Two ceremonial polished 'greenstone' axe-heads from Mesoamerica were examined with a Raman microprobe in order to identify the mineral phases present, and hence to classify the rock type, as a feasibility test of this non-destructive method, i.e. an alternative to conventional destructive archaeometric methods such as diverse analyses made upon drilled cores, sawn slices, chipped fragments or scraped powders. Axe-head 1 from Mexico, constituted of a green rock with noticeable disseminated red or black minerals, revealed the presence of garnet, clinopyroxene and titanite with probable clinoamphibole; this is an eclogite since the available calibrations of the chemical variation of garnet or clinopyroxene mineral solid solutions with Raman wavenumber shifts permit semi-quantitative chemical analyses of these two critical minerals. Axe-head 2 from Guatemala consists of a uniform bluish green coloured mineral which is shown here to be nearly pure jadeite jade; the rock is thus a jadeitite. Both rock types are dense, hard, aesthetic and valuable. Known geological localities for cither of these rock types are rare world-wide, especially in the Americas, as their mineral assemblages with Al predominantly in octahedral coordination require unusually high pressure for their crystallization. Axe-head 1 is the first record for the pre-Columbian utilization of, and commerce in, eclogite in Mesoamerica. This feasibility study demonstrates the utility of the Raman microprobe for the physico-chemical characterization of precious archaeological artefacts in stone. It is suggested that this technique could and should become a routine approach in archaeometry for identifications and provenancing.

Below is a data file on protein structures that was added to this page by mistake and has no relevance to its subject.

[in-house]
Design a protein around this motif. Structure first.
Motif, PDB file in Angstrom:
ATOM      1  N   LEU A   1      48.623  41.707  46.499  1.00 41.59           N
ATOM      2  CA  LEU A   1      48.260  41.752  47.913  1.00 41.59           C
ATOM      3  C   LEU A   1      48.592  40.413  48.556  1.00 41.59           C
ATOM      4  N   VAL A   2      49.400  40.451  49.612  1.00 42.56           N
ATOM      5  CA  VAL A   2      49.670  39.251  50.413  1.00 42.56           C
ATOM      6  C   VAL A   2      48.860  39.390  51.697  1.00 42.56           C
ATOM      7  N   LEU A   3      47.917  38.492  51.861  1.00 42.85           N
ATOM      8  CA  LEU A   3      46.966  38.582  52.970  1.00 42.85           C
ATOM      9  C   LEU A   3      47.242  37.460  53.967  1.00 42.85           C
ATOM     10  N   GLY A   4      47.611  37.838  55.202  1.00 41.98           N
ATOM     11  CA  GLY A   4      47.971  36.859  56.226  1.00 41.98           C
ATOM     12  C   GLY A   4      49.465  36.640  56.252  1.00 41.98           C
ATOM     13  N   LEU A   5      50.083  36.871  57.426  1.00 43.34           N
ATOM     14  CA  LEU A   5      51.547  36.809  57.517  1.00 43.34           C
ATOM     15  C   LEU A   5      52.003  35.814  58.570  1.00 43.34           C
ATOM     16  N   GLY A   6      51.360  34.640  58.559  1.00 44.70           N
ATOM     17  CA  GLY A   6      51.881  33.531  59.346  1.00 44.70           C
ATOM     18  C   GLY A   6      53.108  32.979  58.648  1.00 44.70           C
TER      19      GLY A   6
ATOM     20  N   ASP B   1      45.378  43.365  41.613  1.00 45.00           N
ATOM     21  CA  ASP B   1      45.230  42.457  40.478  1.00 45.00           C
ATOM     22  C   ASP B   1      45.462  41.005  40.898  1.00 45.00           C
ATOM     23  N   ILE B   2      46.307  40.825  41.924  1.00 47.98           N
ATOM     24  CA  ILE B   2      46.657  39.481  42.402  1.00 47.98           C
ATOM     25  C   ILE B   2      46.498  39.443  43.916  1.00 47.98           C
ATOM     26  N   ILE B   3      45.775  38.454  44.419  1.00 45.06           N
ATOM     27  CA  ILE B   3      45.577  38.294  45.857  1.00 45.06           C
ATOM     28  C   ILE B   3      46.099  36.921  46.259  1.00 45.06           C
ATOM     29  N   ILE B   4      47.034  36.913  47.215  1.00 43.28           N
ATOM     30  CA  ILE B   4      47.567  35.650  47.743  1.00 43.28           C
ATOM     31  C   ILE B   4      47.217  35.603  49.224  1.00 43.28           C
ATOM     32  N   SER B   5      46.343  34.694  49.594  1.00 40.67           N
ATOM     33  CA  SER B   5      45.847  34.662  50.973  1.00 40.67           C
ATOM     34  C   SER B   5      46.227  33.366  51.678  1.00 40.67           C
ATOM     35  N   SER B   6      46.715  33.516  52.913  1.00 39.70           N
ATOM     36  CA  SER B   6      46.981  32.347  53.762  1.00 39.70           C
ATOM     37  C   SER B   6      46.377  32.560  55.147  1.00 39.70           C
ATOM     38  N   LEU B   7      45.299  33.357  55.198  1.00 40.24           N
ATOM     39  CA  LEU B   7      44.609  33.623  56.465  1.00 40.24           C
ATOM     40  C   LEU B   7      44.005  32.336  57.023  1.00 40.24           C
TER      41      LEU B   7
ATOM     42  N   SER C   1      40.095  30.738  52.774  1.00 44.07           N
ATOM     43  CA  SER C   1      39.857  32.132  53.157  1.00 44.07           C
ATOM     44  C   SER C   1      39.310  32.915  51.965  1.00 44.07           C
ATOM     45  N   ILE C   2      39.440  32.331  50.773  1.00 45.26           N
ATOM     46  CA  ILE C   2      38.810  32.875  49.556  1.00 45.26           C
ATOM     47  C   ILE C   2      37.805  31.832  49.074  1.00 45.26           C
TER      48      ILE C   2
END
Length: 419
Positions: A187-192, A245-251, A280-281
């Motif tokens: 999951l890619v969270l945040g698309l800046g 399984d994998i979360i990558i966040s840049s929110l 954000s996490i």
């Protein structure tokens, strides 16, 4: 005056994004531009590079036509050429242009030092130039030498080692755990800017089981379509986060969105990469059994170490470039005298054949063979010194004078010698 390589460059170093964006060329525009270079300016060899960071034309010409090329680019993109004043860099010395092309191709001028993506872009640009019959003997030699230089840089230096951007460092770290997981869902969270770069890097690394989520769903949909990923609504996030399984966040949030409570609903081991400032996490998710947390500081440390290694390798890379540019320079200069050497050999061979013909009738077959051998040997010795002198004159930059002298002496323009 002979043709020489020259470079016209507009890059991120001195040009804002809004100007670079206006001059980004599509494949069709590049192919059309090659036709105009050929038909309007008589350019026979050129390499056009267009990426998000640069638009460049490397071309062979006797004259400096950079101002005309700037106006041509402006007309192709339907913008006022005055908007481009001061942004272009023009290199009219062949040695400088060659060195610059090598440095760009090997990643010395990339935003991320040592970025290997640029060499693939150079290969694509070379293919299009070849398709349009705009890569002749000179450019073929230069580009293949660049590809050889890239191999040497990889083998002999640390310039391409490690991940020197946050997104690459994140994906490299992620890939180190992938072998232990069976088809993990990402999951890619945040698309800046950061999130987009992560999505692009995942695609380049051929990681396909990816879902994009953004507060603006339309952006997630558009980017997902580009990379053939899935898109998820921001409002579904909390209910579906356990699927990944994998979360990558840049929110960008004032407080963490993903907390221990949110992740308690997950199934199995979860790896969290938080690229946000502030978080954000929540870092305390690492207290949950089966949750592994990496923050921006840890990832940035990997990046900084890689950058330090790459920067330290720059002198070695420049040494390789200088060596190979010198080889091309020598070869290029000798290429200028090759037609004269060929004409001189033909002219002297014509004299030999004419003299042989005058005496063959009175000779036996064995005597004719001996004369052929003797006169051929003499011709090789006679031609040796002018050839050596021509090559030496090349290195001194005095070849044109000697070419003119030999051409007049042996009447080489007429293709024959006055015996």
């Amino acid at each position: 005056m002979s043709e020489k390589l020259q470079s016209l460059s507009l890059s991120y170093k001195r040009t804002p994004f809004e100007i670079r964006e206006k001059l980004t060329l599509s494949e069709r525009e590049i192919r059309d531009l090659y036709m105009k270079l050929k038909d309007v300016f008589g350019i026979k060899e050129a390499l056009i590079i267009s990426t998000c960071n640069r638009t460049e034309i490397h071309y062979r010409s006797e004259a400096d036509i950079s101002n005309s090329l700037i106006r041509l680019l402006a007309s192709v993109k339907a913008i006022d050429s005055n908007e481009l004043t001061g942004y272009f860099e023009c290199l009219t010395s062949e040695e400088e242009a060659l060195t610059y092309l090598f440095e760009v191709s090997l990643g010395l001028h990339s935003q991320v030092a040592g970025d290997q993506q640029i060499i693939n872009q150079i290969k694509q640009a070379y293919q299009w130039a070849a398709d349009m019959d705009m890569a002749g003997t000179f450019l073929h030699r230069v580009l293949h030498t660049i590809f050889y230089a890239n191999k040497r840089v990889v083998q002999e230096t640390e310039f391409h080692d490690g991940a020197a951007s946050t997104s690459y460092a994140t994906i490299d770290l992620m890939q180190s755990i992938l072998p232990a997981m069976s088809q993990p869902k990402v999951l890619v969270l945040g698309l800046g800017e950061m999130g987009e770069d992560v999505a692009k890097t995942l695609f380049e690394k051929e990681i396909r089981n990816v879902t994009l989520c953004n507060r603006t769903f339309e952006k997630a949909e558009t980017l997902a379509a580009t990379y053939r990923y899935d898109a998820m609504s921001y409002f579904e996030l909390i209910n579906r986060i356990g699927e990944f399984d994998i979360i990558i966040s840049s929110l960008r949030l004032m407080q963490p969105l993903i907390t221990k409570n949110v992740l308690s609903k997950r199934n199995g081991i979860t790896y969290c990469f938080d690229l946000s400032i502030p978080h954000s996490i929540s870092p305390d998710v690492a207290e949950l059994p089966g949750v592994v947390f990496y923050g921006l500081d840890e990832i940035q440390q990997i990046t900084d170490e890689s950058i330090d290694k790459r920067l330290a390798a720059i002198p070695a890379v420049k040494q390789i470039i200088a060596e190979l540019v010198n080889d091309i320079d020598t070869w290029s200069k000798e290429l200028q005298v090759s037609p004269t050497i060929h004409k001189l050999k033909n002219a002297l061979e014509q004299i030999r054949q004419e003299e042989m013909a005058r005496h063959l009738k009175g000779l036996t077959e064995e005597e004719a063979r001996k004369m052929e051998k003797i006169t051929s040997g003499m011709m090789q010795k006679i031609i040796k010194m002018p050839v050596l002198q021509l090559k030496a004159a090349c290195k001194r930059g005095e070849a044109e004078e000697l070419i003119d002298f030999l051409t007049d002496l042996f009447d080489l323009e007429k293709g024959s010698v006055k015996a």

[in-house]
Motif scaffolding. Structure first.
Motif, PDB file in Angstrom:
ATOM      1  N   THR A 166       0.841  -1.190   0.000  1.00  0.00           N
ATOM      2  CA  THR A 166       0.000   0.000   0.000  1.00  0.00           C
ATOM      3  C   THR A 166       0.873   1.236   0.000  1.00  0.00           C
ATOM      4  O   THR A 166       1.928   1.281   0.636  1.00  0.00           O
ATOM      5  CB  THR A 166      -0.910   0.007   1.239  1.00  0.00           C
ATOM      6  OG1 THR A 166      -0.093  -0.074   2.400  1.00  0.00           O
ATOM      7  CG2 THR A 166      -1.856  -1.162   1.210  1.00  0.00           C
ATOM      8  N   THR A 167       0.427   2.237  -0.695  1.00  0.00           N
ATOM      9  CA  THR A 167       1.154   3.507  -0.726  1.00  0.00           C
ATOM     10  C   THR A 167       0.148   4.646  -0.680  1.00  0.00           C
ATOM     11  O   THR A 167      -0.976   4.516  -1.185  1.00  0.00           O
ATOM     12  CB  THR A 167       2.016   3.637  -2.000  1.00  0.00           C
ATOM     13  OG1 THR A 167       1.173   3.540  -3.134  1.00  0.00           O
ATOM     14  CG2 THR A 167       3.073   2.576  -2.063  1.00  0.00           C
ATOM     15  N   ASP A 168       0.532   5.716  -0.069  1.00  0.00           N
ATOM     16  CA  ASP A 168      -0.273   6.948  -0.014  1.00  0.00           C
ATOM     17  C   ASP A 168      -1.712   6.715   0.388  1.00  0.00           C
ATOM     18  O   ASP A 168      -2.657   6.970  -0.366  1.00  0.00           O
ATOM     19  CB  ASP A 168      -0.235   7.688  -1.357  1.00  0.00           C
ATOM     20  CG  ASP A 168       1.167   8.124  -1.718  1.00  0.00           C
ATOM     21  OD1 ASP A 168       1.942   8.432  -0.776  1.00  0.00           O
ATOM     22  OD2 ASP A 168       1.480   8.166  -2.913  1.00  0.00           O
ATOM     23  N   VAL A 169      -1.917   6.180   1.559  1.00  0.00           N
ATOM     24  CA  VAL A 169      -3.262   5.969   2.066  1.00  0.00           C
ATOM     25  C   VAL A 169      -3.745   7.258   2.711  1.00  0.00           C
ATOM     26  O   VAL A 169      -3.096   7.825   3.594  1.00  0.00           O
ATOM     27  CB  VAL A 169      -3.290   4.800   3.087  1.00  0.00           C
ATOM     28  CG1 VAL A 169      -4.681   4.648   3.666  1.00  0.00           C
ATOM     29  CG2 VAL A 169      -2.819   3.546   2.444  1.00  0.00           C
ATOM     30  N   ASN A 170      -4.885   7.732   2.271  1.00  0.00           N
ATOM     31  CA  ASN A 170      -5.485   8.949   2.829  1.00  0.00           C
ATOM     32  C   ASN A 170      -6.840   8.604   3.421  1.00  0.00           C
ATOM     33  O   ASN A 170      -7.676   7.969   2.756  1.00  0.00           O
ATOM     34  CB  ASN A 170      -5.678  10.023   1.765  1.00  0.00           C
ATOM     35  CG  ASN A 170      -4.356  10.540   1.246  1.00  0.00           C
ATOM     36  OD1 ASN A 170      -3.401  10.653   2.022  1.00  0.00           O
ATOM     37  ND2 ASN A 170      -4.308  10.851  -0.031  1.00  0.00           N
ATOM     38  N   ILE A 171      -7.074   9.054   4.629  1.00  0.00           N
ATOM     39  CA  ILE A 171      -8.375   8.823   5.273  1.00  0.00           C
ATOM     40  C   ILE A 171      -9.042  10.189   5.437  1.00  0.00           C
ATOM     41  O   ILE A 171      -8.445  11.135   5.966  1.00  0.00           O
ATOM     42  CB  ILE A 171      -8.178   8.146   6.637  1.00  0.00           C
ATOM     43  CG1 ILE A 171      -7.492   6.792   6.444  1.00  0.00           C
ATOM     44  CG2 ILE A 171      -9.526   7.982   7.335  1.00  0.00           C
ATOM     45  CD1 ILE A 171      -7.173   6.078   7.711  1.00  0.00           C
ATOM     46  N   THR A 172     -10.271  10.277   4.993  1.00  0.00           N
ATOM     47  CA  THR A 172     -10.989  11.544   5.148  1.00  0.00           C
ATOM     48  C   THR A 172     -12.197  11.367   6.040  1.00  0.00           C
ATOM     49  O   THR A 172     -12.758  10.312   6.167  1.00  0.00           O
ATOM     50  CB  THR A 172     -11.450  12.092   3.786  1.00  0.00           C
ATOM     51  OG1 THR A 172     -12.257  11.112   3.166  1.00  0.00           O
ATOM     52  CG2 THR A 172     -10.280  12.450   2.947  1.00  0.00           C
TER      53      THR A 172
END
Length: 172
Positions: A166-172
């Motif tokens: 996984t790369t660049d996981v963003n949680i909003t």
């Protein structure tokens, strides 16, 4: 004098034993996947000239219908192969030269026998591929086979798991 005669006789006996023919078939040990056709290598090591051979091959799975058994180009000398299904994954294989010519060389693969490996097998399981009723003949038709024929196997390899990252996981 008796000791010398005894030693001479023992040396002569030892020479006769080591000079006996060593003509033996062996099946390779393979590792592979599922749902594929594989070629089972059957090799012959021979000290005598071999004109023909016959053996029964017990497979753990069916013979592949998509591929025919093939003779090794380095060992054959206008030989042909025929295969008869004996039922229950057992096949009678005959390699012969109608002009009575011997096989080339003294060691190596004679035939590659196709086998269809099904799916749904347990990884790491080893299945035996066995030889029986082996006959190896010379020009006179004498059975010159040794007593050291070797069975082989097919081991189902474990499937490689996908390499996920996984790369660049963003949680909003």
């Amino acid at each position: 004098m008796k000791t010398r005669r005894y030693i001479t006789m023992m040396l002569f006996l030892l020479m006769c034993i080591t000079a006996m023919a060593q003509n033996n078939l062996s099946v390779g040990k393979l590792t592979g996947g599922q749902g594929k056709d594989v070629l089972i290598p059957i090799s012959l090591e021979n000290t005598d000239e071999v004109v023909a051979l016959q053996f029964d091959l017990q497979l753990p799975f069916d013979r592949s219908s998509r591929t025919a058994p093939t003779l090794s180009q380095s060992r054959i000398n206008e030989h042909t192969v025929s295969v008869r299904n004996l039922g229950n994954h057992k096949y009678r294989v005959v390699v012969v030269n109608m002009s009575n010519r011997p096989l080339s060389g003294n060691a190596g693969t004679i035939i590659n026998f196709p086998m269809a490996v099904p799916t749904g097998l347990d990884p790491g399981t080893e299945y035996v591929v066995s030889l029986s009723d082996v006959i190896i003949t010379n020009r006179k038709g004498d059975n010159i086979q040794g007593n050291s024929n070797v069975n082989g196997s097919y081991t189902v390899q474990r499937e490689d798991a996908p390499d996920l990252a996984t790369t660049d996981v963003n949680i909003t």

|Number of pages||8|
|Journal||Journal of Raman Spectroscopy|
|State||Published - 1997|